What My Mother's Cake Pan Taught Me About Love, Imperfection and What Really Matters
Over the years, Mom passed on so much smart advice about doing things the right way, from jump-starting a car to creating a classic chignon. But as Elissa Schappell explains, your original (and most beloved) role model may have much to teach you about embracing imperfection, too.
When I moved into my first apartment, 20 or so years ago, my mother—an inspired, marvelous cook—gave me one of her round cake
pans. It wasn’t pretty: Its once non-stick bottom was crosshatched with silver scratches. I would have thrown it out if I
hadn’t needed it so much.
Each time I look at that well-worn pan, I envision my mother as she was during my childhood: a bit ruffled, with paint in her hair from a new still life she had been working on, or breathless from picking me and my sister up from guitar or trampoline lessons. I picture her gingerly attempting to remove a sponge cake from the pan, and failing to do so with the sort of grace and ease she desired. Again and again, I imagine her scraping the bottom of the pan.
Despite the fact that my mother is a gifted chef who cooks all the time, entertaining our family and dinner guests with exotic dishes like Mongolian hot pot and cassoulet, and despite the fact that she was once a co-owner of a boutique catering business specializing in high-end hors d’oeuvres and fancy foods, my mother is not a fabulous baker.
For a time, growing up, I assumed that every layer cake leaned forward like a stout opera singer midaria, or was propped up or held together with a series of girderlike toothpicks. It never occurred to me that the ring of pachysandra and daisies around her Black Forest cake disguised the hole in the side. I didn’t realize that you didn’t routinely cut the bottom off a cake. I believed there were cookies that were meant to be overbaked because they were best that way with tea, and others underbaked because they were fun to mold with your hands.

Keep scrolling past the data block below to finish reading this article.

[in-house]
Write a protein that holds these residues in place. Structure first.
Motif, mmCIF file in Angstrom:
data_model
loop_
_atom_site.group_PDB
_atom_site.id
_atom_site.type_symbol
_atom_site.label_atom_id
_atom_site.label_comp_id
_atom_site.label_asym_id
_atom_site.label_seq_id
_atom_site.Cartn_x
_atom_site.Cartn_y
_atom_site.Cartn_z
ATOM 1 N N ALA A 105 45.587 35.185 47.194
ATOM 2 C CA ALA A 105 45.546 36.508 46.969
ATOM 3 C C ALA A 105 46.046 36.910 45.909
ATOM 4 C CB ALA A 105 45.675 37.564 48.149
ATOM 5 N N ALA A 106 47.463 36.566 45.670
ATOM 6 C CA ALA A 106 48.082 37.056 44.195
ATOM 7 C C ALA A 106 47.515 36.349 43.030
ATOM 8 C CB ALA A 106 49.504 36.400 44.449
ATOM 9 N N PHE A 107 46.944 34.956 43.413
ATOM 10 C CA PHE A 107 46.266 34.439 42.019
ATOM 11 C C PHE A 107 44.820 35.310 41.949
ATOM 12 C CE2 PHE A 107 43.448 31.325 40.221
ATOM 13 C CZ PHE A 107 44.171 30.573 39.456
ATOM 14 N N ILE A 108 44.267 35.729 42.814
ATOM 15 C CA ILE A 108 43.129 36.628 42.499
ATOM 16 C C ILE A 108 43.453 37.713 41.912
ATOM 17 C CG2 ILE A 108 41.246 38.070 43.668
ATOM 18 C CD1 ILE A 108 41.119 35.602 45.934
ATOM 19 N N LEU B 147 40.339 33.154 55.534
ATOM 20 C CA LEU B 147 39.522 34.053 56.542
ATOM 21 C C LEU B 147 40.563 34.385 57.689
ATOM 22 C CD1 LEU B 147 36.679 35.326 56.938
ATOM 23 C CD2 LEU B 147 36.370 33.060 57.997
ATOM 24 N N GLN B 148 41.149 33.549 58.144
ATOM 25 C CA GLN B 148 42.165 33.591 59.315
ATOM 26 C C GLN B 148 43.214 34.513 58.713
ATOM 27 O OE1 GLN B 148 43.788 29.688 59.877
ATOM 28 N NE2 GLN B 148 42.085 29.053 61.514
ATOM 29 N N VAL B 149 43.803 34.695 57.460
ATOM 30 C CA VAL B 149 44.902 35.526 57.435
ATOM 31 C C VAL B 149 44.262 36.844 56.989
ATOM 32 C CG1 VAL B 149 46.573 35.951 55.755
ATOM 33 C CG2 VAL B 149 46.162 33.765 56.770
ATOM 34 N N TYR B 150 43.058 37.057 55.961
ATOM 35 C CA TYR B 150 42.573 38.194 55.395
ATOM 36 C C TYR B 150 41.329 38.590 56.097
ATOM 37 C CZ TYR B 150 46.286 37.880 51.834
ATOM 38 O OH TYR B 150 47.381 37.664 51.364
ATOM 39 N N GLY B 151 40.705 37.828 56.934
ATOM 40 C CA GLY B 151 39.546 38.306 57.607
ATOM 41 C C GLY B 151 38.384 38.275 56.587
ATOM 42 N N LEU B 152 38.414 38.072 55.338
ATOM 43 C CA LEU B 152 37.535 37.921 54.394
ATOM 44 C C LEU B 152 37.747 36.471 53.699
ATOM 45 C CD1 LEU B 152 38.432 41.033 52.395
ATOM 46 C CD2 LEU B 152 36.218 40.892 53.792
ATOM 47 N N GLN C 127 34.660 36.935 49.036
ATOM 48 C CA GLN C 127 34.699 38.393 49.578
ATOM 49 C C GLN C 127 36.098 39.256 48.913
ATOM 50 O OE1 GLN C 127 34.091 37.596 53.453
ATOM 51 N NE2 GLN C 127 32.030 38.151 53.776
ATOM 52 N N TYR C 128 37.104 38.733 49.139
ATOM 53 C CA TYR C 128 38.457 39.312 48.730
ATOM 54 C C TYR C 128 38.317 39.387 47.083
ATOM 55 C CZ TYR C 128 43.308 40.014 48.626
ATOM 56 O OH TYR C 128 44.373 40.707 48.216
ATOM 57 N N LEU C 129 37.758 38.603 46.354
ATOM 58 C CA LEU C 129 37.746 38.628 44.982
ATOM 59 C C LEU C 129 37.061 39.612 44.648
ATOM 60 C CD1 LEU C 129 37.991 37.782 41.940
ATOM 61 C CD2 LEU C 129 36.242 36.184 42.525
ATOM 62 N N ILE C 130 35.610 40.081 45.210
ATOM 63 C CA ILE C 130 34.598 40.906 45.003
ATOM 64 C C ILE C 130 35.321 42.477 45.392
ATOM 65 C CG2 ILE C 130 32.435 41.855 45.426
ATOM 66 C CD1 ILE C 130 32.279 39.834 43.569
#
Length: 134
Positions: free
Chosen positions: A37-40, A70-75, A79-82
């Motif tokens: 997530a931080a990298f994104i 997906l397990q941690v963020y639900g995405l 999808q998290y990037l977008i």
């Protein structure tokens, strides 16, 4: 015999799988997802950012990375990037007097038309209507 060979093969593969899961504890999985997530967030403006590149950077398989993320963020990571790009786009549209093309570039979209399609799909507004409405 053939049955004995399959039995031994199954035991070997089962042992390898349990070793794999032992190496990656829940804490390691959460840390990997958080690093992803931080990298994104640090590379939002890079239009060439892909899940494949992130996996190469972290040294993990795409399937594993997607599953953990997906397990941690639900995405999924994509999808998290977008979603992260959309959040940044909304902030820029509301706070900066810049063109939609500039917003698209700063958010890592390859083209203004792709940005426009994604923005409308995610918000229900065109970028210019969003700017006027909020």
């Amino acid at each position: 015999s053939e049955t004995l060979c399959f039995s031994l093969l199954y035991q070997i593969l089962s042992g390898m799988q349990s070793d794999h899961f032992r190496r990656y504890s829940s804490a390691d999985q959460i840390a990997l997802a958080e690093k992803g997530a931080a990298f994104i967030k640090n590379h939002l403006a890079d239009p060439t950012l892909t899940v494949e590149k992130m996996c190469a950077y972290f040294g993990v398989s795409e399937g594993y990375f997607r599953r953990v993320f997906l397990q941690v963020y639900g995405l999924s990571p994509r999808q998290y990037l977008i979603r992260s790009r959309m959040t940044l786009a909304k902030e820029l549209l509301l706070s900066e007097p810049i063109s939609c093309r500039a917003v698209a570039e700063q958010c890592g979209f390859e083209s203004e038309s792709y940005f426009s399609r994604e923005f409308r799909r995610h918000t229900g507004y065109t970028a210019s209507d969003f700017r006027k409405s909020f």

It wasn’t until I got a little older and started going to other kids’ houses that I discovered the truth. My friends’ mothers’ cakes weren’t constructed with a vast, intricate system of beams and joists. There were no tunnels in the centers of their birthday cakes, no tastefully spackled-over cracks, no singed-burned aftertaste, no masses of ivy and roses camouflaging the frosting. I felt a little jealous. And a little embarrassed. No one else's mother had to warn party guests: "Be careful around the toothpicks!"
When I asked my mother why we couldn’t just buy a cake at the bakery or grocery store, like normal people, she would look confused and shocked, as though buying a cake reflected not only a lack of imagination but also a lack of care. It was so impersonal.
After I got my own apartment and started cooking and baking, it became clear that I had inherited my mother’s recessive Betty Crocker gene. Even so, when I threw a birthday party for a dear friend, I felt that I had to bake him a cake. Despite my vigilance, it burned. And despite my careful attention in handling it, an ominous-looking fault line appeared toward the bottom. (Whose fault? My fault.) But I didn’t have time to run out and purchase a cake.